I forgot all about this gem I found one day a couple of months ago while Googling (I am not sure what I was looking for; perhaps I just punched in: spinsters+fate of=?) Badum-bump. The search turned up an inadvertently hysterical 2007 article in a Dubai tabloid called Xpress, titled Sad Spinsters: Lonely Hearts.
There is lots of typical stuff in there, and some not-so typical, considering this is the UAE: Maryam is 50, resigned to being a spinster; despite her success, she'd rather be married with kids than highly educated and single. Emirati men were marrying non-Emirati women because it's cheaper, apparently. Some women are glad they've ducked bad marriages and are just seeking a good one. A counsellor at Dubai Courts helpfully suggests women opt to become a second wife, acknowledging that comes with its own set of problems.
It was the sidebar that caught my eye though. I include it below for your reading enjoyment, drawing your specific attention to the comparison of an unmarried woman of a certain age to an old camel, the psychiatrist who says spinsters tend to suspicion and flatulence, and the cultural expert who calls us "dangerous".
THE EXPERTS' OPINIONS
The Islamic view
Ahmad Al Qubaisi, a leading Islamic scholar in Dubai, said: "The concept of spinster does not exist in Islam. The Arabic word aanes is used to refer to a female camel who has reached old age. Muslim women can get married at any time regardless of age. However, Islam encourages early marriage as a way to complete half of his/her religious duties."
Al Qubaisi said that getting married and having children is both a pleasure and a duty that completes one’s womanhood.
The doctor’s view
Dr Mohammad Wafeek Eid, a psychiatrist at Al Musa Medical Centre in Dubai, said most spinsters suffer from anxiety, depression and multiple psychosomatic complaints, including headaches, epigastric disturbances, abdominal gases and discomfort. "They tend to be suspicious and they make those around them uncomfortable. They are somehow viewed as abnormal because they do not go through motherhood – spinsters are the object of social pity. They feel they are unfulfilled, incomplete," he said.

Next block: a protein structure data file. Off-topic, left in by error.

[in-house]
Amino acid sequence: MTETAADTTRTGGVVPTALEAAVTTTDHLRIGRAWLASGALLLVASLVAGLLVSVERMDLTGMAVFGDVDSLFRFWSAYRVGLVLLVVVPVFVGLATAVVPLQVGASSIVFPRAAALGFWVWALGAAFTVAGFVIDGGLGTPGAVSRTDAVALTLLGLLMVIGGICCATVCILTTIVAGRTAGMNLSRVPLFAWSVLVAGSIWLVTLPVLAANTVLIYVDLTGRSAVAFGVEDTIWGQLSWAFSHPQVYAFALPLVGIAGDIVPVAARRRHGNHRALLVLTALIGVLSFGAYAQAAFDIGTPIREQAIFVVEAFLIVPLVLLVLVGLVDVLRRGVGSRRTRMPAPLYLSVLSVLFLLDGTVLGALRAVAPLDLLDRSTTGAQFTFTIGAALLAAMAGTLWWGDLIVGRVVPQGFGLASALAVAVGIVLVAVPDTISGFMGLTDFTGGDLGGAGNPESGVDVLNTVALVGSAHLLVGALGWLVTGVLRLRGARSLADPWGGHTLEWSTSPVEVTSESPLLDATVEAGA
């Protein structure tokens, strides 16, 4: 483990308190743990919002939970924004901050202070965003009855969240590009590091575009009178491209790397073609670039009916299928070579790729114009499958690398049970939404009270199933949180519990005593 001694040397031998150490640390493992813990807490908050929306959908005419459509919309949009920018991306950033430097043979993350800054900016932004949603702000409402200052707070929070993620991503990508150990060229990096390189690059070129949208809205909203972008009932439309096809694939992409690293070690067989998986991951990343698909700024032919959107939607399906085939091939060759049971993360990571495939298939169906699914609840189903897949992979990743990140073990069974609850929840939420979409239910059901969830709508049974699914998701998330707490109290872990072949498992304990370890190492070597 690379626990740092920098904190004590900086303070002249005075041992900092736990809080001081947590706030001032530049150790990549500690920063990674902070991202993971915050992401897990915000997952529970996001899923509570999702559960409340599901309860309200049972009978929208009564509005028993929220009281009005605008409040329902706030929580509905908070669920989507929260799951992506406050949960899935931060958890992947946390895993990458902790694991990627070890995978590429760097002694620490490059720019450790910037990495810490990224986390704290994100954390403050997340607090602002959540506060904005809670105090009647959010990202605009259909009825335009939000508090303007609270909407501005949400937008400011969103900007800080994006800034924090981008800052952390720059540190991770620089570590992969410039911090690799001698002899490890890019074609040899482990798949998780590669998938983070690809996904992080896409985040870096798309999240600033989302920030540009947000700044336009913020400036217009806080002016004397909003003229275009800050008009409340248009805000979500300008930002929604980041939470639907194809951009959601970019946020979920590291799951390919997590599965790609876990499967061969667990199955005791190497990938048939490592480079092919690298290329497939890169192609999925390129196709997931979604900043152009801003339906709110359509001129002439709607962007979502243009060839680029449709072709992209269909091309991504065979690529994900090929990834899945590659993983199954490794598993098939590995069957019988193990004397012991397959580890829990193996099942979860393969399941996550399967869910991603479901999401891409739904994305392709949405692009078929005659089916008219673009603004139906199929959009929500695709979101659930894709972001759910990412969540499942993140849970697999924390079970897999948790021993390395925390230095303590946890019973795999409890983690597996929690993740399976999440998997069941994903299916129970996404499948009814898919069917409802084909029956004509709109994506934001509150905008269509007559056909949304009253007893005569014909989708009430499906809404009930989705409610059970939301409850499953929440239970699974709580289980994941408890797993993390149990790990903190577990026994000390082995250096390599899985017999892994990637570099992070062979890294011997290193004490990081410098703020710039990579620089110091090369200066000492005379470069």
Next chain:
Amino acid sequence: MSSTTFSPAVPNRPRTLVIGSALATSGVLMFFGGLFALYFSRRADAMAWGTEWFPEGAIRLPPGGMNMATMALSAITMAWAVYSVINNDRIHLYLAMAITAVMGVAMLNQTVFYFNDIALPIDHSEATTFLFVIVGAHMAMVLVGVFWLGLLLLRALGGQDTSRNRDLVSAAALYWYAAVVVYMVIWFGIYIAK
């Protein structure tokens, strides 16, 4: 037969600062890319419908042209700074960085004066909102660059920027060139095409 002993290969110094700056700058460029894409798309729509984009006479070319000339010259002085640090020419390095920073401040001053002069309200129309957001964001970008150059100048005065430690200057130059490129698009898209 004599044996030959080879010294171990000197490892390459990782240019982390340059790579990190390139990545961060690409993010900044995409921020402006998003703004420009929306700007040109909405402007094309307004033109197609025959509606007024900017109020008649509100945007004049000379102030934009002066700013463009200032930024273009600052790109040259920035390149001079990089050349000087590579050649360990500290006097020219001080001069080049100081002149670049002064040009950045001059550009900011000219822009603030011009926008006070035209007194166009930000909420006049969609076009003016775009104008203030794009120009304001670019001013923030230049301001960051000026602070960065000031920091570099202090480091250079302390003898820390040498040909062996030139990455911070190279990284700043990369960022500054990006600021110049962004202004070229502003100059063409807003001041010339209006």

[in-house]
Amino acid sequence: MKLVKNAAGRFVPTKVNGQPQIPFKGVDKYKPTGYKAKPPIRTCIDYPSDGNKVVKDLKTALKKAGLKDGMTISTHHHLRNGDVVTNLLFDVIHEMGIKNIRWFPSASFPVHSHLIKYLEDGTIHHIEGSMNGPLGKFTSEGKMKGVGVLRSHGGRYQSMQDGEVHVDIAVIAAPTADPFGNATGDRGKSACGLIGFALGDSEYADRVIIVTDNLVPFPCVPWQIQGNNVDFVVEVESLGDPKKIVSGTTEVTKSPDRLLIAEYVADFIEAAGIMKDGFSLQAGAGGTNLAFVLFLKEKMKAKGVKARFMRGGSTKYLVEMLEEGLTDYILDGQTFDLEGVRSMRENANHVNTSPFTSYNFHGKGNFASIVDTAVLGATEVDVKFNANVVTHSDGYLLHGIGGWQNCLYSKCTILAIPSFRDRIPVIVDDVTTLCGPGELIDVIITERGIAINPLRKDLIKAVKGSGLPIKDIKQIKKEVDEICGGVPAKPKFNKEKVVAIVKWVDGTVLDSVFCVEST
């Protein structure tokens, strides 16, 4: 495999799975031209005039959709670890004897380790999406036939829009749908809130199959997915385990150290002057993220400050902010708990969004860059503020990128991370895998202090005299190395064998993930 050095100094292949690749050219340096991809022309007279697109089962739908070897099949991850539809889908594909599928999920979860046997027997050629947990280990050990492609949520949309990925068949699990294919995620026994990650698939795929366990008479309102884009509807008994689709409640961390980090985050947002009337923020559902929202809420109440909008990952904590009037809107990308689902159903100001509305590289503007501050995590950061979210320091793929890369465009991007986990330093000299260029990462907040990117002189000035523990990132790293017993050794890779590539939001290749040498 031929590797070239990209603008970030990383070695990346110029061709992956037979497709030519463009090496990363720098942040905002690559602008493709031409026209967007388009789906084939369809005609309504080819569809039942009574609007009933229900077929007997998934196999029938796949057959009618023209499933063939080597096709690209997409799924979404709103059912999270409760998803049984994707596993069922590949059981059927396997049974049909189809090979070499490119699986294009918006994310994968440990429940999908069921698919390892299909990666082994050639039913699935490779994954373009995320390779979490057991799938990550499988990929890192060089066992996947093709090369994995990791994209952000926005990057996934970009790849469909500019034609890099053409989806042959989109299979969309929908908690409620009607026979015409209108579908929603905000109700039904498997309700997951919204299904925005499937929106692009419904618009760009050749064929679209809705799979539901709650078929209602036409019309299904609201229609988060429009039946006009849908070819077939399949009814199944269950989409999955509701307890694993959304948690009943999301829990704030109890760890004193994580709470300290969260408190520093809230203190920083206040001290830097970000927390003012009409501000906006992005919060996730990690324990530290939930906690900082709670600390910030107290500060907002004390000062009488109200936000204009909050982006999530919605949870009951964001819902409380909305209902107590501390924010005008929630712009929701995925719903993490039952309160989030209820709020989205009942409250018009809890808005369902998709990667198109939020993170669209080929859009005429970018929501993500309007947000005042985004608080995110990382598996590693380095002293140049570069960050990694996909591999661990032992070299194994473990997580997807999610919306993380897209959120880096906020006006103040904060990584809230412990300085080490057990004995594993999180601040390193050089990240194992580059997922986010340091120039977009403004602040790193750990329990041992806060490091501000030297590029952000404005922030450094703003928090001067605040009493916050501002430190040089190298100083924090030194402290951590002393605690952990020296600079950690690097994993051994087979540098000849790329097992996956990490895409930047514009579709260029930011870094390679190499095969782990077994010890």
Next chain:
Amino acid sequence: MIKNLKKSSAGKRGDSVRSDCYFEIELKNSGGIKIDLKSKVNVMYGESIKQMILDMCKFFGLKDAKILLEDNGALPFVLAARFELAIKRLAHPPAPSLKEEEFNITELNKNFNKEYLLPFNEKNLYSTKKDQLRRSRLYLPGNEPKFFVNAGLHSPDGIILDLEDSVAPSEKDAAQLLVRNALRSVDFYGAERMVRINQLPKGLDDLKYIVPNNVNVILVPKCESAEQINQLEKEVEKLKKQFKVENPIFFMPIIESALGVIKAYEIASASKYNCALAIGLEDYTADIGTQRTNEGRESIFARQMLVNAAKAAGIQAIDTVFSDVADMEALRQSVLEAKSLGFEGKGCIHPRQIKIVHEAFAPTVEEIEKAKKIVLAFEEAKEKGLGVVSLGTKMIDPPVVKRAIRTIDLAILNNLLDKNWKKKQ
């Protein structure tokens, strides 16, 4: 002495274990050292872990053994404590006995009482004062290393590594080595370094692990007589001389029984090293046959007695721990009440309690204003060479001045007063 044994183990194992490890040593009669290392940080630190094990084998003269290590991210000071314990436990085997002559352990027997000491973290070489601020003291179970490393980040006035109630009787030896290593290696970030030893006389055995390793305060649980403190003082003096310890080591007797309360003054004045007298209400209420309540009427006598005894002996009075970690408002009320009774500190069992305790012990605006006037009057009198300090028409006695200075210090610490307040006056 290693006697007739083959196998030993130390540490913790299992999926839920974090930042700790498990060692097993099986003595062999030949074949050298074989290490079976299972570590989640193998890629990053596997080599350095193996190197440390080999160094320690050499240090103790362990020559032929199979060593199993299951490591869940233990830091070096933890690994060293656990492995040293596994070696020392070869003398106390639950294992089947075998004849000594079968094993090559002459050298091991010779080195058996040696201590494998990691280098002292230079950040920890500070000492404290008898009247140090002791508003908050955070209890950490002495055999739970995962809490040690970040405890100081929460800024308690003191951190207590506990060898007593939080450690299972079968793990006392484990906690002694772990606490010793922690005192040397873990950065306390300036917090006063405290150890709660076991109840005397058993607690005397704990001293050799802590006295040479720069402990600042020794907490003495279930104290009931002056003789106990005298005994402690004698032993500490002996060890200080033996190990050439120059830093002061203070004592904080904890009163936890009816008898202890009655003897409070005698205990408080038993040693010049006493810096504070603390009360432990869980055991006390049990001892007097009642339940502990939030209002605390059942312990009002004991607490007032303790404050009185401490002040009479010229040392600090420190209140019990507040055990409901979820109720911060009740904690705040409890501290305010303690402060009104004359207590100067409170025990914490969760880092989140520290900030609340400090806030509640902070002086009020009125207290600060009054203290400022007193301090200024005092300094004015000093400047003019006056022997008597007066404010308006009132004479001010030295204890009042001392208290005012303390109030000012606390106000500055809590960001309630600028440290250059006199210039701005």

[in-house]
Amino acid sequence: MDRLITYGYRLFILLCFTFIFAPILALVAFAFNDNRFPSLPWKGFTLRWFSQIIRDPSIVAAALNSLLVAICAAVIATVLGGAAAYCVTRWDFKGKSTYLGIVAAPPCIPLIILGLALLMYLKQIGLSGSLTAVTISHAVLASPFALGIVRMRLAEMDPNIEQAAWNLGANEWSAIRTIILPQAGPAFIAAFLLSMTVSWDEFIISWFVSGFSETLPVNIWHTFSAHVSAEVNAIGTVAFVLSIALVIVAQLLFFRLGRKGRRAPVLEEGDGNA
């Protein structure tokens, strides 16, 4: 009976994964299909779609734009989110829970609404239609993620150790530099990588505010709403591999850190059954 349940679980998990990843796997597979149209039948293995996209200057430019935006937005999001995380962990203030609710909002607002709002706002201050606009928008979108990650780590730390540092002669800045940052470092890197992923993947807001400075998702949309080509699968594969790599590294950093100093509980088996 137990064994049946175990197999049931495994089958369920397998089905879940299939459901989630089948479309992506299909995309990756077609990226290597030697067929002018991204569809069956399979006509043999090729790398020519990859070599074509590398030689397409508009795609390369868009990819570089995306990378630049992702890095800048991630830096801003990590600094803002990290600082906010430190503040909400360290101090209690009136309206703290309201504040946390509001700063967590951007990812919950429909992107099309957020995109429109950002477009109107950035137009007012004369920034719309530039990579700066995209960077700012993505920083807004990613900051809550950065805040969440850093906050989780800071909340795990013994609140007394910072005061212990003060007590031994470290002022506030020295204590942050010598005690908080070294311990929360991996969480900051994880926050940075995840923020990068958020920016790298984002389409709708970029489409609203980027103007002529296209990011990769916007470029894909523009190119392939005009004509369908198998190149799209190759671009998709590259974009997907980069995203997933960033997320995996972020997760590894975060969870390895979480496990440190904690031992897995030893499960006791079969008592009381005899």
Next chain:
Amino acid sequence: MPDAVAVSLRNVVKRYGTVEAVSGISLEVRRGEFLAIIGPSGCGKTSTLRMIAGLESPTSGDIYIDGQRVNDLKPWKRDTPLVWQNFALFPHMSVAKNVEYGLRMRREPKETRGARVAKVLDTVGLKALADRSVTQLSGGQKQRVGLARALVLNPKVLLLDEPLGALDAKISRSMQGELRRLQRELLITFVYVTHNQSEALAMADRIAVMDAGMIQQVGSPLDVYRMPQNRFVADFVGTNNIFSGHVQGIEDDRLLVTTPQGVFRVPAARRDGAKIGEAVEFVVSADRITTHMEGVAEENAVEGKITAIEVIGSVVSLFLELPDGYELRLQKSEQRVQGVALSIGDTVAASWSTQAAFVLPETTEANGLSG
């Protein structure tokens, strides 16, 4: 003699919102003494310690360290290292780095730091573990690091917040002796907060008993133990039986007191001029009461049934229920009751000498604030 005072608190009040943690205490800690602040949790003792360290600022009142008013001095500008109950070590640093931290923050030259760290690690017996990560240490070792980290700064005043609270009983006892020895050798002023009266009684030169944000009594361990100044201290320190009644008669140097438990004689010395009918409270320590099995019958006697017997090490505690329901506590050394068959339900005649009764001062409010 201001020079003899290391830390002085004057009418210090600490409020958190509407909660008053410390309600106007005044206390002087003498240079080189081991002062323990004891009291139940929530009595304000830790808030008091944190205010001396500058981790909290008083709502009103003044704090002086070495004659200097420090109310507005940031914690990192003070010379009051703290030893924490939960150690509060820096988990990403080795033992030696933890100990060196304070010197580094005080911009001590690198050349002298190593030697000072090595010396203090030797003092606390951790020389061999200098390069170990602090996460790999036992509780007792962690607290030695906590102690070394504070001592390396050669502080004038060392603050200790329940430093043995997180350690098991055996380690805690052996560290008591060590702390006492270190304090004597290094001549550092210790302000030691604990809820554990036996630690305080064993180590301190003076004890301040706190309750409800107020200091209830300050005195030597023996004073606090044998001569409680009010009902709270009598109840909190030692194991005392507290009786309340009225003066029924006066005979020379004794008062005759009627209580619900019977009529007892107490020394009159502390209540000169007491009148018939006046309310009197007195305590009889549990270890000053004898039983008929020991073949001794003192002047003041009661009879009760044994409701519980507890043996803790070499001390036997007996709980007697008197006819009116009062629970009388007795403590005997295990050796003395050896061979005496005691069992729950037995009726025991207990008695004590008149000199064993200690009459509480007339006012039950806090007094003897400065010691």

The cultural view
Eman Abdullah, president of the International Women’s Cultural Forum in Dubai, said spinsterhood is a "dangerous" phenomenon.
It waters down the Arabic language, destroys local customs and traditions and creates an unstable and unhealthy family life, she said.
The forum recommends that the problem of spinsterhood be recognised and practical solutions found. It also encourages Emirati youngsters to be aware of the importance of getting married to their compatriots.
I was reminded of this article last night when a taxi driver named Saeed implored me to get married. "Ohhhhhhh my friend," he said, holding his head in his hands. "You married - good. No married - bad." He had 6 children and a wife of 13 years back in Afghanistan, and made me promise the next time I see him I will be married. Fine, I told him, I'll get married. As if my to-do list was not long enough.